“Isn’t just knowing her name enough?” Parvati asked gently. “You know what her profession was and the definite reason why she couldn’t raise you herself.”
“It’s not enough,” I said. I took deep breath. “Trelawney was right in that death was an early part of my life. My mother’s dead. But the other four cards are still vague to me. I want to know what happened to my father too.”
“Then maybe we could see Professor Trelawney again,” Lavender said, her voice unable to hide the excitement of bringing me back to the North Tower.
“No!” I snapped. I paused for a moment, not wanting to alienate my friends. “I want solid facts, not speculation. At least, not until I know what the other four cards mean for certain.” I let out a long sigh. “Look, you two wouldn’t understand. But something is telling me that I should look into this further.”
“Not me. I’m not telling you anything of the sort.”
“I’ll be in the library doing homework at lightning speeds,” I continued. “Once I’m done, or whenever Madam Pince kicks me out, I’ll get started working on my own made-up problems.” I waved from the door. “Wish me luck!”
“Good luck,” Parvati said.
“Don’t forget we have Astronomy tonight,” Lavender said. She held a towel to her head and was working on drying her hair. I hoped she would remember to use a brush; her hair looked almost frizzy enough to rival Hermione’s.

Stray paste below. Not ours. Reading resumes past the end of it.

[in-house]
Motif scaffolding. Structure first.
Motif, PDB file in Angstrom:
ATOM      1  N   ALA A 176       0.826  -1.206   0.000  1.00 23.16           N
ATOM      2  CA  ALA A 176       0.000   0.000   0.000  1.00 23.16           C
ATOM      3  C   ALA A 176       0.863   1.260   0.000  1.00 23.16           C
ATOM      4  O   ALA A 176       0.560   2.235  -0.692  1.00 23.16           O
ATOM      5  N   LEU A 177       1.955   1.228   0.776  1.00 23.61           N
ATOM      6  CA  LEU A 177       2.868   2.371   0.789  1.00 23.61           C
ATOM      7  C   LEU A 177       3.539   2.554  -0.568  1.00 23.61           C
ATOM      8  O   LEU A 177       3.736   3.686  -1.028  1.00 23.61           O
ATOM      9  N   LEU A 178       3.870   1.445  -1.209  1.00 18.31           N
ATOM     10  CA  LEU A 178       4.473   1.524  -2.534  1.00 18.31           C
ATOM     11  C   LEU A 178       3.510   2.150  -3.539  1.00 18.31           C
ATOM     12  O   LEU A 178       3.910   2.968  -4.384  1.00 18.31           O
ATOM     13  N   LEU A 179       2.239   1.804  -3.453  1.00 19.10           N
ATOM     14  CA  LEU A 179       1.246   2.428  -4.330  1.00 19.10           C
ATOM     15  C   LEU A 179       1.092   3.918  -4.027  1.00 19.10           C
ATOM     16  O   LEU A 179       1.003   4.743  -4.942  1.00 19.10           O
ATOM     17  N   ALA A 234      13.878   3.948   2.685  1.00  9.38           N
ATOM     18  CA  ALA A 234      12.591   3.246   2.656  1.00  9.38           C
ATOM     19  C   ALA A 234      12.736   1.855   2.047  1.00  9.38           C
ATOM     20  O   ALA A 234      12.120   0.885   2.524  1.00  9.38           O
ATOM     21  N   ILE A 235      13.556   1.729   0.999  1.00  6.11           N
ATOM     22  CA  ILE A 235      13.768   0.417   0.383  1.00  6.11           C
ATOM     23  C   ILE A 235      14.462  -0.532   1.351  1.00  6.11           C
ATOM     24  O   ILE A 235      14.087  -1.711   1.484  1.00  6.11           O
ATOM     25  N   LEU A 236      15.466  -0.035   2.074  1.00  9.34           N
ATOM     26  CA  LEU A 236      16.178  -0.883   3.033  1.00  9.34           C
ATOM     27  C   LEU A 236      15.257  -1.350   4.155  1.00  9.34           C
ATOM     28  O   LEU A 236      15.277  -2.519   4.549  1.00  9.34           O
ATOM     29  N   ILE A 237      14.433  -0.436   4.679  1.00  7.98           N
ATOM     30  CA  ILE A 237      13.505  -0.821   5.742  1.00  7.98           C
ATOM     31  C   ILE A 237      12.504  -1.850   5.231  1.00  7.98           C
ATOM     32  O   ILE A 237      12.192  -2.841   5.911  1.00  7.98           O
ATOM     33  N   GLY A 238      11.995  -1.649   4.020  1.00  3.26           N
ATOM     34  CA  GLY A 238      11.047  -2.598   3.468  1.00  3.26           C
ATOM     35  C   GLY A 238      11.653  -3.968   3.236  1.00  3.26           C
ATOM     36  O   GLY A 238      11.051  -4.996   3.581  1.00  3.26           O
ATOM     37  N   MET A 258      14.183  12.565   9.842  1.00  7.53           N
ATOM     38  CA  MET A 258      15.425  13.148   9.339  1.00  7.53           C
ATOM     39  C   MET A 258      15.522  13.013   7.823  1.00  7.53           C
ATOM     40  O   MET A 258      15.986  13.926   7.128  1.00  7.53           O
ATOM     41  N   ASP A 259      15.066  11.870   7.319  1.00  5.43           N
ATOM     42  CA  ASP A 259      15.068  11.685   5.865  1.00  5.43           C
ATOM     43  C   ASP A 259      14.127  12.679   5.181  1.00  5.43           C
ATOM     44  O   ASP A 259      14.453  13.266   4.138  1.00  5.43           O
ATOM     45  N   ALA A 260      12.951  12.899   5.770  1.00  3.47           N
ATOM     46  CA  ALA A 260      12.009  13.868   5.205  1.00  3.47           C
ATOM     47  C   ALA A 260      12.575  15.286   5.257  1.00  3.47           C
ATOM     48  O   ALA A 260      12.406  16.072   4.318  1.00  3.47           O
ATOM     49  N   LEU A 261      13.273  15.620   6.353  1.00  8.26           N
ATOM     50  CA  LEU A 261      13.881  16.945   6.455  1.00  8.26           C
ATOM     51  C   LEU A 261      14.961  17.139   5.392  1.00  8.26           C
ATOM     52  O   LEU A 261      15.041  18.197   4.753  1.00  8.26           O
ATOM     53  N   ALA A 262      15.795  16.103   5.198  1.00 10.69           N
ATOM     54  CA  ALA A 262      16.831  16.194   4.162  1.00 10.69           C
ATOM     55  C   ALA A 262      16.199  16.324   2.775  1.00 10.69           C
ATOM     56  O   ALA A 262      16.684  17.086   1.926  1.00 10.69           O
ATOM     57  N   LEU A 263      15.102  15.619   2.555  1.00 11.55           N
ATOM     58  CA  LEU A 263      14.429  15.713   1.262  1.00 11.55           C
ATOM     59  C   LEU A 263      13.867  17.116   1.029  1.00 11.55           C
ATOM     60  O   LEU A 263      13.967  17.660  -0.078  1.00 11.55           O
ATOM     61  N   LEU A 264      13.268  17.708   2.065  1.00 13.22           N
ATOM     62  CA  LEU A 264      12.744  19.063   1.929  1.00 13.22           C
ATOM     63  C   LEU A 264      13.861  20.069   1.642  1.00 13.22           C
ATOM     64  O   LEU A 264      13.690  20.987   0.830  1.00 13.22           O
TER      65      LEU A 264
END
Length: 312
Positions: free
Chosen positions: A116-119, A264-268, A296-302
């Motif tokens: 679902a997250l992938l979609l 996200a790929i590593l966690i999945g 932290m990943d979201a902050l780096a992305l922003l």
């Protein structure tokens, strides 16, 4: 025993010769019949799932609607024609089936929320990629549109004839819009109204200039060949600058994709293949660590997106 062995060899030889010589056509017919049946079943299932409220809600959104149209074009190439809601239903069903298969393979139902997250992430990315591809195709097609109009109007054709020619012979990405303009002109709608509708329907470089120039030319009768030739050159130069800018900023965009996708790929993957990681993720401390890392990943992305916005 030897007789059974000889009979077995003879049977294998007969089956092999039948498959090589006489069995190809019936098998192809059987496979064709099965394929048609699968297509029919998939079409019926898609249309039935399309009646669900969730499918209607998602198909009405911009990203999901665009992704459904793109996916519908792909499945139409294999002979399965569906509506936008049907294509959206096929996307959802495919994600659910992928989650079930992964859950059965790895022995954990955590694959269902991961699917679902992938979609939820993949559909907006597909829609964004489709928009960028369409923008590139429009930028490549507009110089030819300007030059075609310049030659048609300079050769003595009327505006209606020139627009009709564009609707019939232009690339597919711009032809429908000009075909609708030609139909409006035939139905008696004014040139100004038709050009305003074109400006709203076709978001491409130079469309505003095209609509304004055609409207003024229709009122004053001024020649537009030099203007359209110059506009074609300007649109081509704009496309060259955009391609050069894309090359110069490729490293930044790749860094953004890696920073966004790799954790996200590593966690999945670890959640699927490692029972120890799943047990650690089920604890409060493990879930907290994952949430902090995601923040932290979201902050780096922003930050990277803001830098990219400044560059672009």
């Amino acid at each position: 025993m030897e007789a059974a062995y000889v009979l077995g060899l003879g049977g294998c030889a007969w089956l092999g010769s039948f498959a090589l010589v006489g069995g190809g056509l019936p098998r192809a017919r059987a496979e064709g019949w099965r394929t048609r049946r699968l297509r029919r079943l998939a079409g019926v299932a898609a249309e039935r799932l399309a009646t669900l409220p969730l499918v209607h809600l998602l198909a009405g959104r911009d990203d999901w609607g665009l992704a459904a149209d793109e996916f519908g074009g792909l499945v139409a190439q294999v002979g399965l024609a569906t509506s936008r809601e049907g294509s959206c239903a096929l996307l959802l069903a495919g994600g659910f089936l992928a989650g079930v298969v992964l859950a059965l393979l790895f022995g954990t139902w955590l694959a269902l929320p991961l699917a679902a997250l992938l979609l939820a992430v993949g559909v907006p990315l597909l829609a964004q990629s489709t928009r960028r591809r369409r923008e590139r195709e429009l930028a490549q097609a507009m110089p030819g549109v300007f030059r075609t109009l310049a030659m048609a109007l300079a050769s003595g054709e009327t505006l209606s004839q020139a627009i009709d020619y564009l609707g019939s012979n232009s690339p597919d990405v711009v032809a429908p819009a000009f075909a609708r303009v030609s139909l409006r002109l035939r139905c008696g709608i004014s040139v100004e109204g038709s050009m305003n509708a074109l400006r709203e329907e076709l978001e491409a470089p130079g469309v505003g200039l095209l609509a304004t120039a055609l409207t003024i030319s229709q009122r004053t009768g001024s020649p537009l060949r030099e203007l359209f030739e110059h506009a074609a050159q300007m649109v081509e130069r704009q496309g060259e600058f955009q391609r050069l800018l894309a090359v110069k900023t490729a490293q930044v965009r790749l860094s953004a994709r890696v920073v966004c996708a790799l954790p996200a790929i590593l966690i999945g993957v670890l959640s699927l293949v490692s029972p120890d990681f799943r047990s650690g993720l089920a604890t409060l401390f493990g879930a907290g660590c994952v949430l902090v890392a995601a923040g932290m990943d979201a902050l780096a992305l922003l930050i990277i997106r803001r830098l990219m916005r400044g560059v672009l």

“It’s Wednesday?” I groaned. “Well, three days of getting only four hours of sleep won’t kill me. Later!” I left the dormitory and actually skipped down the stairs.
“You’re awfully cheerful for someone with homework in every subject,” Benjamin said as we crossed the common room. “You’re not even going to have dinner?”
“Eh, I can make up for it at breakfast tomorrow,” I said, noticing that Hermione had already gotten out her homework for Arithmancy. Harry and Ron, however, seemed to be working on that Astronomy homework due tonight. Too bad it was going to be too cloudy for us to do any practical work. Astronomy lectures were almost as boring as History of Magic.
However, when I got to the library, I headed not for the Herbology section (because that homework was due tomorrow morning) but for the Quidditch section.
“Sally-Anne, this part of the library is the furthest from any other part of the library you’ll need,” Benjamin said, following me as my heels. If I stopped suddenly, he would certainly run me over.